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Fostering Teenagers

We had the privilege of chatting to FFP Foster Parents Katie and Tyler about why fostering older children is so rewarding, and how being a ‘younger’ foster parent can be beneficial to the young people in their care. The average age of a foster parent in the UK is 58, and Katie and Tyler detail why being much younger can be advantageous in fostering…

Tyler explains ‘The advantage of being a younger age to the average foster parent is that we can relate a lot to them. I’ll play computer games with them. I’m still active in following all the sports, the stuff on TV… but not so much their music, their music is rubbish!’

‘I don’t know whether it’s our age, but we’re very open with all topics.’ Katie adds. ‘When you have teenage children living with you, things like puberty and sex are not a stigma, it’s an open topic of conversation. The topic of body changing or whatever doesn’t phase us. There are situations where they feel then can talk to us. It definitely has its advantages. Plus, we have the energy to run around with them, most of the time anyway!’.

Not afraid of breaking stereotypes, Katie and Tyler were really keen to foster teenage children. ‘When we were thinking about fostering, we didn’t initially have an idea of what we wanted from a foster child. We later realised that it’s us fitting into their lives, not the other way around. With our lifestyle, the house that we have, we felt that older children would get the best from it. Fostering teenagers isn’t the popular choice for whatever reason, but for us it works’ explains Katie.

Making the decision to foster is not an easy one, Katie explains ‘We found out we could not have children of our own. We looked at adoption but decided actually where we live and what we do would be beneficial for older children. Maybe we could help them.’. Tyler adds that ‘Surprisingly, I have had a lot of friends who have been adopted or fostered. If you’re thinking about fostering but you’re nervous or unsure, have a look at the case studies, do the courses, you can read stuff online, you get to see lots of examples.’ ‘It was the best decision we ever made’ Katie adds.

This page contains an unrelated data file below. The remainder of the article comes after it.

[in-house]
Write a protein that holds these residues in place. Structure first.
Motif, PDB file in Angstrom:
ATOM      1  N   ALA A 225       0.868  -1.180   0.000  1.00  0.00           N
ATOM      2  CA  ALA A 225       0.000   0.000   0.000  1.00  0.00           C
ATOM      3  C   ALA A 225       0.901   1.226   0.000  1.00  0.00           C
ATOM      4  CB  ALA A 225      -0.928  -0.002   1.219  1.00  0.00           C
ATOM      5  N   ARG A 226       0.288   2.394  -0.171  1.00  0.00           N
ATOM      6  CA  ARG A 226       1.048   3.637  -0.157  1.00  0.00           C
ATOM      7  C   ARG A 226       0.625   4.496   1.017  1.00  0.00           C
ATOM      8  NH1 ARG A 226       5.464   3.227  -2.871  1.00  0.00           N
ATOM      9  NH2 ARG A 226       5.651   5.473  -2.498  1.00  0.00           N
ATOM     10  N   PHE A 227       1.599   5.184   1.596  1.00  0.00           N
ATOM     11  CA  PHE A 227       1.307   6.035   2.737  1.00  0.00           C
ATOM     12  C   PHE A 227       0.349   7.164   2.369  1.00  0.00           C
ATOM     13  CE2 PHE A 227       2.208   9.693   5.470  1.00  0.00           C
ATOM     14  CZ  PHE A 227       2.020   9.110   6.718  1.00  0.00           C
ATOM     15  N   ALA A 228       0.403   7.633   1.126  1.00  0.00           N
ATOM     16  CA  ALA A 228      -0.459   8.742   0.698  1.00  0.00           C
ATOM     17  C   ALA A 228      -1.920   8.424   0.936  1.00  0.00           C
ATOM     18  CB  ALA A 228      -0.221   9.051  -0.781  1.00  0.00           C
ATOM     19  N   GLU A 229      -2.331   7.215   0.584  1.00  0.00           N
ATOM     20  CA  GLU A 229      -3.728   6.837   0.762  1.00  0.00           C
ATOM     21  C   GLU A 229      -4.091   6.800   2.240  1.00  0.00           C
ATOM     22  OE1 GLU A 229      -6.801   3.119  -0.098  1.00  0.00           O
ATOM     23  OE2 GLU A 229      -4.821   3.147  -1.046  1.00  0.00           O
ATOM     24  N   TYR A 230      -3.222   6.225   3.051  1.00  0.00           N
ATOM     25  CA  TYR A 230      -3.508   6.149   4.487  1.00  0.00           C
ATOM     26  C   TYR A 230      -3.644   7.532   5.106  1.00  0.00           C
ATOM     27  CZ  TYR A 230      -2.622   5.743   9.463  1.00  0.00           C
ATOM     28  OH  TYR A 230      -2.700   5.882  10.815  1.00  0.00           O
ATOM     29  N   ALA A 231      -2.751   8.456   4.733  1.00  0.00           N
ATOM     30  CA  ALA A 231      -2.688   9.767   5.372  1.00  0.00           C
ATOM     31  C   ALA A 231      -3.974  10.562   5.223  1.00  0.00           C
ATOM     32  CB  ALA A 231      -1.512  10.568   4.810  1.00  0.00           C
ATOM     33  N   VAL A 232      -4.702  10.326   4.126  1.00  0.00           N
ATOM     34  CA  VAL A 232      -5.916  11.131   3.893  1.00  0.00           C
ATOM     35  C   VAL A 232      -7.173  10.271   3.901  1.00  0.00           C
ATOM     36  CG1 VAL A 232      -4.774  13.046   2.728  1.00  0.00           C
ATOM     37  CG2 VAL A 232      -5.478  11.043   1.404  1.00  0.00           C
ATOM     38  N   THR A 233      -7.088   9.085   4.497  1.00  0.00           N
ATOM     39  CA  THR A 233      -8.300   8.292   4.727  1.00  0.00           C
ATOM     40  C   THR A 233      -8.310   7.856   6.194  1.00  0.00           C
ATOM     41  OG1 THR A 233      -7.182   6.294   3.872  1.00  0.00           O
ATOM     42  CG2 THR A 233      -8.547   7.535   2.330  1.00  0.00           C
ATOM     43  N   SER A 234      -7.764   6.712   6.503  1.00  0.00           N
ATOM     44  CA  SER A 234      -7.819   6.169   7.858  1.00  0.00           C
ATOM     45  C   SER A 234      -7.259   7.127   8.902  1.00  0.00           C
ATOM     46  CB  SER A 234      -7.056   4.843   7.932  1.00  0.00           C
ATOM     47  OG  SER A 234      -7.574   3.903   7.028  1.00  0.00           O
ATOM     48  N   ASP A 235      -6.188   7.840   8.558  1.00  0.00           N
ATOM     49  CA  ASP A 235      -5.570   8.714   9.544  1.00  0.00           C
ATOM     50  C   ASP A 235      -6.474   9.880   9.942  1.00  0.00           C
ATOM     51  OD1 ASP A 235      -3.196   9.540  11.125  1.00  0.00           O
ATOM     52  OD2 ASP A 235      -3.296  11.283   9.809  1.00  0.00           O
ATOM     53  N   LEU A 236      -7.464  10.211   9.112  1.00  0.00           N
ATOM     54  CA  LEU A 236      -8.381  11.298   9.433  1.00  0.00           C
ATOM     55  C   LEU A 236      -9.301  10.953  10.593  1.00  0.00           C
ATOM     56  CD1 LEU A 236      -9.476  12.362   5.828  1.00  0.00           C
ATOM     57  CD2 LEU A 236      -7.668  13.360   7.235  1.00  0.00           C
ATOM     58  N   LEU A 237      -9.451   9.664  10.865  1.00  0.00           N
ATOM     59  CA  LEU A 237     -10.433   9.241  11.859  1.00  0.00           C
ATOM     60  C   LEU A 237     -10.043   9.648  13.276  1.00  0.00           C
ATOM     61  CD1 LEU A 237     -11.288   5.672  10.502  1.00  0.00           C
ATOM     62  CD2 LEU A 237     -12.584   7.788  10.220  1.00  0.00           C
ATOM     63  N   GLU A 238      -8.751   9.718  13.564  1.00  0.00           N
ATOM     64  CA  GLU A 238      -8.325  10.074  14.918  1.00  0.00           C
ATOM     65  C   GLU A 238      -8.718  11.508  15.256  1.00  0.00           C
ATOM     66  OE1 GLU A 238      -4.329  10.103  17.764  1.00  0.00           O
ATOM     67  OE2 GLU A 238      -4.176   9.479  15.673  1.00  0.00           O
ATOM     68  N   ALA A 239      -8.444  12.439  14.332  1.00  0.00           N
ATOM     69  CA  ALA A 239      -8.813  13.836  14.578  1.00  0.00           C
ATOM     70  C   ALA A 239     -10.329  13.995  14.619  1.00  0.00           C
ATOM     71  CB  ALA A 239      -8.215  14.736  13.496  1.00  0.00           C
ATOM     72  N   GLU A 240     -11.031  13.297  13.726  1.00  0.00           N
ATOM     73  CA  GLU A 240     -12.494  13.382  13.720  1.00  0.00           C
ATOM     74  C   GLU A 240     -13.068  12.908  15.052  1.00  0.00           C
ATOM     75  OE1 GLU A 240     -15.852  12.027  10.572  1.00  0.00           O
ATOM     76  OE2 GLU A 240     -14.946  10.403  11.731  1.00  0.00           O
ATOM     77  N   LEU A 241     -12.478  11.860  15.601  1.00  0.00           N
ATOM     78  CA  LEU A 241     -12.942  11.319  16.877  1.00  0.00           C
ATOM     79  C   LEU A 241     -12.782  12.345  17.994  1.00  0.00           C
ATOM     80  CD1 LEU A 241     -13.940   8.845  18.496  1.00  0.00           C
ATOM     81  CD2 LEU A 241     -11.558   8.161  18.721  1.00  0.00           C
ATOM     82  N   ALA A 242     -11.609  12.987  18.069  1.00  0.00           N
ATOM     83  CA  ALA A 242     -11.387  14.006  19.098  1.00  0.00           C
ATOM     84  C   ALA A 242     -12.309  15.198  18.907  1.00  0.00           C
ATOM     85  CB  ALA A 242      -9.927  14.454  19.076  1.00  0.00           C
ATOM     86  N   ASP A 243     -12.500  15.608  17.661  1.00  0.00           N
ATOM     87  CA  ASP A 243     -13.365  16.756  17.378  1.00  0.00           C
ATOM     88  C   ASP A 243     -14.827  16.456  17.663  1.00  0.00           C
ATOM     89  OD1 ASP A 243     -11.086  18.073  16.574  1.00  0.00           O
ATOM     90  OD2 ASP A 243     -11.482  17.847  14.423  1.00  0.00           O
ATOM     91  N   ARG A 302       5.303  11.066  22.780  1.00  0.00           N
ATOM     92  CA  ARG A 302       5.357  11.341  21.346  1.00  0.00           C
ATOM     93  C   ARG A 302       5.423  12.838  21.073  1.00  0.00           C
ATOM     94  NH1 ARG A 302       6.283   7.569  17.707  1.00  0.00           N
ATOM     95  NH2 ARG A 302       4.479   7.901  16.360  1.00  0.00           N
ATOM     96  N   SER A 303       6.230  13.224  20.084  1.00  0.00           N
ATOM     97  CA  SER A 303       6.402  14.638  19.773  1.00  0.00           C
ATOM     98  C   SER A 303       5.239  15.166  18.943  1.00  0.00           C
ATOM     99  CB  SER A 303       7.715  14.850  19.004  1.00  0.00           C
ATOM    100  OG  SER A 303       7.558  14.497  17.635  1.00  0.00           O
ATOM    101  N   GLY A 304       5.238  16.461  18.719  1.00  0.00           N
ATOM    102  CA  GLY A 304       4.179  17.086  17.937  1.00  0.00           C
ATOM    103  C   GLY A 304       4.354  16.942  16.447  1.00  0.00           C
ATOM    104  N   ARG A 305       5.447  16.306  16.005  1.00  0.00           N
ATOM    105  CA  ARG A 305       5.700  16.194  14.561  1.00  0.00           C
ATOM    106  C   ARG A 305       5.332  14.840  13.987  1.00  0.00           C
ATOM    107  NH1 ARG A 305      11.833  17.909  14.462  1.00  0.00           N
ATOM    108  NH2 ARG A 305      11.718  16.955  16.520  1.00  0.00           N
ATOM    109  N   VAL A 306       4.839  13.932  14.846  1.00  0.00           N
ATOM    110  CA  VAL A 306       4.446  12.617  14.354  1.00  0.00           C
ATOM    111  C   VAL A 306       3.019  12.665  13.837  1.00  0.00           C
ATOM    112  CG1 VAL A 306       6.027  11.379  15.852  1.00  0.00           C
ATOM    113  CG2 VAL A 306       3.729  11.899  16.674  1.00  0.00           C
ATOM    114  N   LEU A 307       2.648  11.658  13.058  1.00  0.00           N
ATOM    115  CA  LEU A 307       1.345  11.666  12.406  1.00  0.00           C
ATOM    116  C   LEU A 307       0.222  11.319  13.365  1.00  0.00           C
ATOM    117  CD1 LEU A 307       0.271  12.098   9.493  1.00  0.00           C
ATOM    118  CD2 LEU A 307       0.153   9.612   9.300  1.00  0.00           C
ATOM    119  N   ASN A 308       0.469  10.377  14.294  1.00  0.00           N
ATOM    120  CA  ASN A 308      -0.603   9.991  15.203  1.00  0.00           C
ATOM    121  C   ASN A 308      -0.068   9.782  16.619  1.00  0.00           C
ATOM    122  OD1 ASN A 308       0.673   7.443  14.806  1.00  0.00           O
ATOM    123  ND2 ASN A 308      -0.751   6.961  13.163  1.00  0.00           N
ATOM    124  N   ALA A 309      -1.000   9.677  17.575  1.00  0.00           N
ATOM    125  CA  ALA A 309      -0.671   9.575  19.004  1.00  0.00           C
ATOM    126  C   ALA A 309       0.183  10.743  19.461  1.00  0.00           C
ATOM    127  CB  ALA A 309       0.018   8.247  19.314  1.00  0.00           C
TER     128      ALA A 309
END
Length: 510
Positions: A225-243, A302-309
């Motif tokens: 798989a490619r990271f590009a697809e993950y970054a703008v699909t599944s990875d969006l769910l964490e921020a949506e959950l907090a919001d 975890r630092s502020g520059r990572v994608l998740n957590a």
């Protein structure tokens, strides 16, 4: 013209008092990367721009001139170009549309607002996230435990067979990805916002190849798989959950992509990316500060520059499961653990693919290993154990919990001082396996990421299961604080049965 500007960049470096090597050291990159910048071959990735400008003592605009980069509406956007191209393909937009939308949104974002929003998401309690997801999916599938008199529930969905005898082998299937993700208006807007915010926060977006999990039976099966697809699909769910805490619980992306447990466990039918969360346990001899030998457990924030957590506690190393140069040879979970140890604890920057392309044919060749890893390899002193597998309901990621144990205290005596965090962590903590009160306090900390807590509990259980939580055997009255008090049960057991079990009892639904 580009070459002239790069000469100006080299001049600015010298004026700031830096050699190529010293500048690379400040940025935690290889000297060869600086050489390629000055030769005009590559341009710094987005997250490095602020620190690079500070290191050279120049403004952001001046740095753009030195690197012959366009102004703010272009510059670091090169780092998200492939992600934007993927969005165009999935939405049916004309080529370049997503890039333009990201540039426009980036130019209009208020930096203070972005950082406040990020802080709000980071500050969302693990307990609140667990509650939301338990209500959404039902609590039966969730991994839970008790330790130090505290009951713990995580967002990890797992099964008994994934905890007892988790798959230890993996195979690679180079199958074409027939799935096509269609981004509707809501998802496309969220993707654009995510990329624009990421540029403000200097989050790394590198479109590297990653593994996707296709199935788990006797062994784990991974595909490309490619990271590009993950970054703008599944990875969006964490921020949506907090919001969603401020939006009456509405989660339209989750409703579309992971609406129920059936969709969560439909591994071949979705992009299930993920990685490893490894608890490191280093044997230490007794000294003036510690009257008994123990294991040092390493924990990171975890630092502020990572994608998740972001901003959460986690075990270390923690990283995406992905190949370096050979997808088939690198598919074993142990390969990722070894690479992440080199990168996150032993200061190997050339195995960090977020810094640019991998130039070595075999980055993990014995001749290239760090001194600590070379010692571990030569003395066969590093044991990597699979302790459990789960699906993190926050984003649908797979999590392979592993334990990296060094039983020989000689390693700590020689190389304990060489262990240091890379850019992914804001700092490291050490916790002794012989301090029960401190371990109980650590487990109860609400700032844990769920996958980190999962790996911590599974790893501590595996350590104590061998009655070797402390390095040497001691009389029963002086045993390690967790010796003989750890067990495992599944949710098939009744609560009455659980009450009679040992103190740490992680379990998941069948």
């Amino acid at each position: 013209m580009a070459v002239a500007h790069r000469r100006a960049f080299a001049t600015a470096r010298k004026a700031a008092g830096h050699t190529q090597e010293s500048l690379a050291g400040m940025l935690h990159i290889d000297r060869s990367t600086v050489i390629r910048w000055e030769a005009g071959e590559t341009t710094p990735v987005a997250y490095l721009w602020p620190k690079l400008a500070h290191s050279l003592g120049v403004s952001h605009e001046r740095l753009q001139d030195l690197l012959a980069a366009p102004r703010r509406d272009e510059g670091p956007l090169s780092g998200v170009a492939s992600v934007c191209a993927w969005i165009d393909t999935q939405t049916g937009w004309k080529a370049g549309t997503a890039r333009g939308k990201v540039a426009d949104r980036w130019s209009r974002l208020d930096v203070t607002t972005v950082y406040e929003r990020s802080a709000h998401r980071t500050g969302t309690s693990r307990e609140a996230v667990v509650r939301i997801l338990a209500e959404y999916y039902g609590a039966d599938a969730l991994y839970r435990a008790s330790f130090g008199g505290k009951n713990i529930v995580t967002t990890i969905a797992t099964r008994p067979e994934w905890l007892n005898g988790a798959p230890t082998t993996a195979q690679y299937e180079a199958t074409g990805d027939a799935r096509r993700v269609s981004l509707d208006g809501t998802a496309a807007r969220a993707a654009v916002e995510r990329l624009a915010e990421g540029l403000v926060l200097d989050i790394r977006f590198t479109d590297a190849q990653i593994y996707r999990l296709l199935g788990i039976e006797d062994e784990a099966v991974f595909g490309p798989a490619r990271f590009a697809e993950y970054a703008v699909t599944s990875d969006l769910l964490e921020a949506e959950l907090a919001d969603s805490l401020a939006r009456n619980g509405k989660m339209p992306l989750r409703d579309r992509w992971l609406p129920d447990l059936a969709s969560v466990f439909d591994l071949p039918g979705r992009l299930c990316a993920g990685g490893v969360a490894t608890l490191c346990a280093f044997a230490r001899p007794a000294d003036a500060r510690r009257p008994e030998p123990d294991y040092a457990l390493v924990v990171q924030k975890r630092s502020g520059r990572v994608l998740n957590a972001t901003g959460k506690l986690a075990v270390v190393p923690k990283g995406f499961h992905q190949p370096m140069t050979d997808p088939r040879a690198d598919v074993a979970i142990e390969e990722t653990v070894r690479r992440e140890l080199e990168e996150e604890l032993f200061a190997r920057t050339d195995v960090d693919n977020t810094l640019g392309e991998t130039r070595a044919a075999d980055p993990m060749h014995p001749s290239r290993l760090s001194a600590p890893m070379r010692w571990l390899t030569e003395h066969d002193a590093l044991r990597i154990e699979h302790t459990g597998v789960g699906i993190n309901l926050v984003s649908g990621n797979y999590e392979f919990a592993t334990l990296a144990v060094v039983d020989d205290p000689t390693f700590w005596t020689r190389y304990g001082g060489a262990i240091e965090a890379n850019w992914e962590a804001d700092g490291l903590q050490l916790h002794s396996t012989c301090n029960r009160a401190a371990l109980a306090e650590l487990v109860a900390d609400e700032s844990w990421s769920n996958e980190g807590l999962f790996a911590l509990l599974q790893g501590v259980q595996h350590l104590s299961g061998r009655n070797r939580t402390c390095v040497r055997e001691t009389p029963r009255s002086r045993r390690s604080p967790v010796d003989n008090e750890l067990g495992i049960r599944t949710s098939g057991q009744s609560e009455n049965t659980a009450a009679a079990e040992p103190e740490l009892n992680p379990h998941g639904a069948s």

‘Unfortunately, there is a level of stigma around fostering, whereas you’ll hear the 1 in 50 horror stories, you don’t hear the 49 amazing achievements. People might be worried they don’t have the patience, understanding or ability to do it, but from someone who doesn’t have their own birth children, it came so naturally. I have asked a few people if they had ever thought about fostering, and the response is usually ‘no I just couldn’t do it’. But I think that’s due to a lack of understanding’ Katie surmises.

On working with Family Fostering Partners, Tyler says ‘It’s a big family group, a lot of people know each other; if you’re having a difficult time, we speak to each other and get advice. ‘How would you deal with this, or that?’ ‘Nobody is inaccessible’ adds Katie. ‘You can pick up the phone and speak to anybody should you need to; they are absolutely great. Working with Family Fostering Partners does not feel like work!’.

On being a foster parent, Katie says ‘It’s being a parent. You need patience, understanding, teamwork, leniency… and to pick your battles!’

‘And it’s being a caregiver’ adds Tyler, ‘but it’s so much more than that. Our lives revolve around them.’

When asked if they could do everything over, would they still choose to foster? The answer is a resounding ‘Yes!’.

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